If you look for the synonym of ‘make’ you find the word ‘brand’, well after reading Naomi Klein’s book NO LOGO she sheds light on why these 2 words have an important role and how most of us wouldn’t think twice about using them interchangeably. Klein says, ““Since many of today’s best- known no longer produce products and advertise them, but rather buy products and ‘brand’ them, these companies are forever on the prowl for creative new ways to build and strengthen their brand images”.
Klein explains it in the best way possible that in todays time Companies no longer produce their products but rather, they want to evade paying wages that are industry approved and instead they turn to third world countries. The mentality that is held by these companies is that “The third world, as they say, has always existed for the comfort of the first”.
NO LOGO is a revolutionary dogma, which tackles multinational corporations’ that manufacture their products in ‘sweatshops’ like Manila and Jakar ta. These companies produce their products in third world countries to avoid paying live-able wages to their employee’s and also providing a comfortable workplace that is both safe and modern for their employee’s.
Therefore, as consumers we have the right to question where the products we purchase originate from, and the ethical standards of the company that produces these products. Unfortunately, the issues surrounding advertising have changed over the decades and the focus has shifted.
Are we as consumers doing our duty? Are we supporting, or even advertising these companies, in turn endorsing the mistreatment of those whom made it?
As consumers we should be more inquisitive and as Klein gives an example of the difference inquisitiveness can make, consumers and in this case students of a university in fact, shut down a subsidiary of one of the biggest multinational corporations in war torn Burma.
The company Pepsi had an exclusive vending agreement with Ottawa’s Carleton University in 1993. This exclusive agreement caused an outcry from students of the university for, “being forced into this tacit product endorsement. The students were determined to not give their official drink a warm welcome”.
Members who belonged to the campuses social-justice organization and the universities chapter of public interest and Research group, “discovered that PepsiCo was produced and selling its soft drinks in Burma, the brutal dictatorship now called Myanmar” Klein shows how these university students took on Pepsi and the game plan being, to “pressure schools to terminate food or beverage contracts selling PepsiCo products until it leaves Burma”.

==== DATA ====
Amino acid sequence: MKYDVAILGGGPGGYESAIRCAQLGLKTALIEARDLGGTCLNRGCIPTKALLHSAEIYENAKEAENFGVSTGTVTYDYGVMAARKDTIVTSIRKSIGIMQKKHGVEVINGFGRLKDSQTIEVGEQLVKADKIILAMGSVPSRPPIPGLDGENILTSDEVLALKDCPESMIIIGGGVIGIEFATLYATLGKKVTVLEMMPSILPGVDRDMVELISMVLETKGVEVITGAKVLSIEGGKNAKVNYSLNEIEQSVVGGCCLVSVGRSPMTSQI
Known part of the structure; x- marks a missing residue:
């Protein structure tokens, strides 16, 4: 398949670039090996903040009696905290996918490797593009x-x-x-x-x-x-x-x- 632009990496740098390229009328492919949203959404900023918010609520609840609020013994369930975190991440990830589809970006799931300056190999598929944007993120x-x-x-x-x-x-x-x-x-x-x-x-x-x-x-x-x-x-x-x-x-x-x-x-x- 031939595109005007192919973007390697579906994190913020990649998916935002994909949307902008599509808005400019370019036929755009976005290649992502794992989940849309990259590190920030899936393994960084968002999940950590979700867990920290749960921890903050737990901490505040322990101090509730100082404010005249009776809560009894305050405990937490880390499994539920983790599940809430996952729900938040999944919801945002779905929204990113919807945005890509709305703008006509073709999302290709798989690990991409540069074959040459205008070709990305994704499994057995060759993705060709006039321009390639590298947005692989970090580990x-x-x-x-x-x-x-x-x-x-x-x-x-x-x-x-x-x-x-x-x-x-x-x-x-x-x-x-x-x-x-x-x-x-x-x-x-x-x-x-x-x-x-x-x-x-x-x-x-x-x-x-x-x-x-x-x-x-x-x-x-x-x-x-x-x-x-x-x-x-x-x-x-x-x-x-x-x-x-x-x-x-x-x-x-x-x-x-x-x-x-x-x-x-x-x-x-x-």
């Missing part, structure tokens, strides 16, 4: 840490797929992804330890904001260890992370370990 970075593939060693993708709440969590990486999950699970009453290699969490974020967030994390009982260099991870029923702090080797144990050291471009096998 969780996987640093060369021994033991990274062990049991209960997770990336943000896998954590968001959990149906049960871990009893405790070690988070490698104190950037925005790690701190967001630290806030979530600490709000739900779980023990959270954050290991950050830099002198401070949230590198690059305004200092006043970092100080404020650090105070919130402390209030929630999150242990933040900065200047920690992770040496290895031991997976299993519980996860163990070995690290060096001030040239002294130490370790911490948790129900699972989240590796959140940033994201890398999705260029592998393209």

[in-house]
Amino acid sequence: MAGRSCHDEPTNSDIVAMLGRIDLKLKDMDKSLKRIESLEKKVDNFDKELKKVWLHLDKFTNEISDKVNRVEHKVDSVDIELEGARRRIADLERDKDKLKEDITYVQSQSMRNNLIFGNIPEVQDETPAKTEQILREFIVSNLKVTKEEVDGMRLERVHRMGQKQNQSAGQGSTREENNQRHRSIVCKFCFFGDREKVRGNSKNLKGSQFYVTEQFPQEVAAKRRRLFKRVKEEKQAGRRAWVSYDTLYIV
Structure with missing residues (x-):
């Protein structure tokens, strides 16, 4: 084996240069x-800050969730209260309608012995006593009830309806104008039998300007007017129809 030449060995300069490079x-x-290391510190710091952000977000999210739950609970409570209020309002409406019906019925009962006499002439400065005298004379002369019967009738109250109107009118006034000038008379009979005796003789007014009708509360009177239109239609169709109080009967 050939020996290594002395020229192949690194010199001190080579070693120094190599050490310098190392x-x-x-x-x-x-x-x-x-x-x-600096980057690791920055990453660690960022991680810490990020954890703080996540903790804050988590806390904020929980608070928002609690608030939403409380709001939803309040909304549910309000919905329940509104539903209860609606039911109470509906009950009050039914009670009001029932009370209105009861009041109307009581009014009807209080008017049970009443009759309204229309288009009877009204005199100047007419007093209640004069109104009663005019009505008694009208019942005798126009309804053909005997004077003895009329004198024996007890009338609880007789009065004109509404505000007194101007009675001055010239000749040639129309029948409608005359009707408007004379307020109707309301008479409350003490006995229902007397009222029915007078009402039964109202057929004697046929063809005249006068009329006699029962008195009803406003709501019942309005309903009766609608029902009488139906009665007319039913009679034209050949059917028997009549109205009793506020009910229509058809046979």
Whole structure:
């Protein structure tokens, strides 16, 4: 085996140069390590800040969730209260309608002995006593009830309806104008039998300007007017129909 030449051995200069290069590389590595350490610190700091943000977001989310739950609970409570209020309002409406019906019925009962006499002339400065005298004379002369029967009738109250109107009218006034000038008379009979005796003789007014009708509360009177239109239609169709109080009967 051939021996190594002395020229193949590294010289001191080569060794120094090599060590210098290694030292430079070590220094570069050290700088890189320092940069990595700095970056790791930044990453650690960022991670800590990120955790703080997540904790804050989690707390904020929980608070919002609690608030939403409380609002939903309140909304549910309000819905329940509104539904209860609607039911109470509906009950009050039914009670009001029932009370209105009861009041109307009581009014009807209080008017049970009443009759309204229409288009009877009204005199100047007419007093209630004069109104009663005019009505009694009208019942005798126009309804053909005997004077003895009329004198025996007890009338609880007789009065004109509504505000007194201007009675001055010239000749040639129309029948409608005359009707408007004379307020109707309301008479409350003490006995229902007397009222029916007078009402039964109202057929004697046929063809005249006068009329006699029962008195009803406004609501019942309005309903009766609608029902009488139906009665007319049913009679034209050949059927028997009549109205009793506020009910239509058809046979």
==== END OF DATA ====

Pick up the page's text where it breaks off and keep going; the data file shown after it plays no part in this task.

The boycott against Pepsi became international and even involved the leader of Burma’s oppositional party Aung San Suu Kyi, who was elected in 1990 but was stopped from taking office by the military. Aung San Suu Kyi, in a speech read by her husband said, “please use your liberty to promote ours” she also stated that we should “take a principled stand against companies which are doing business with the military regime of Burma”. (Incidentally, this is the same Aung San Suu Kyi, who now, freed from her house detention is refusing to say one word of criticism against the pogroms taking place against the Rohingya citizens of Mynamar).
At first, Pepsi did what Klein called a “paper shuffle” due to Pepsi products still being sold and produced in Burma. The ongoing boycott finally eventually led Pepsi to announce ‘total disengagement’ from Burma on January 24 1997”.
In reality, the consumer in the end is what these corporation’s rely on and if these companies are just ‘branding’ and using third world countries as a step ladder, then it should be in our moral obligation to stand up and stop supporting these corporations, just like the university students from Ottawa’s Carleton University and many others. Ni, who was the coordinator for the American students movement stated that, “We have the grassroots power to yank one of the most powerful cooperation in the world”.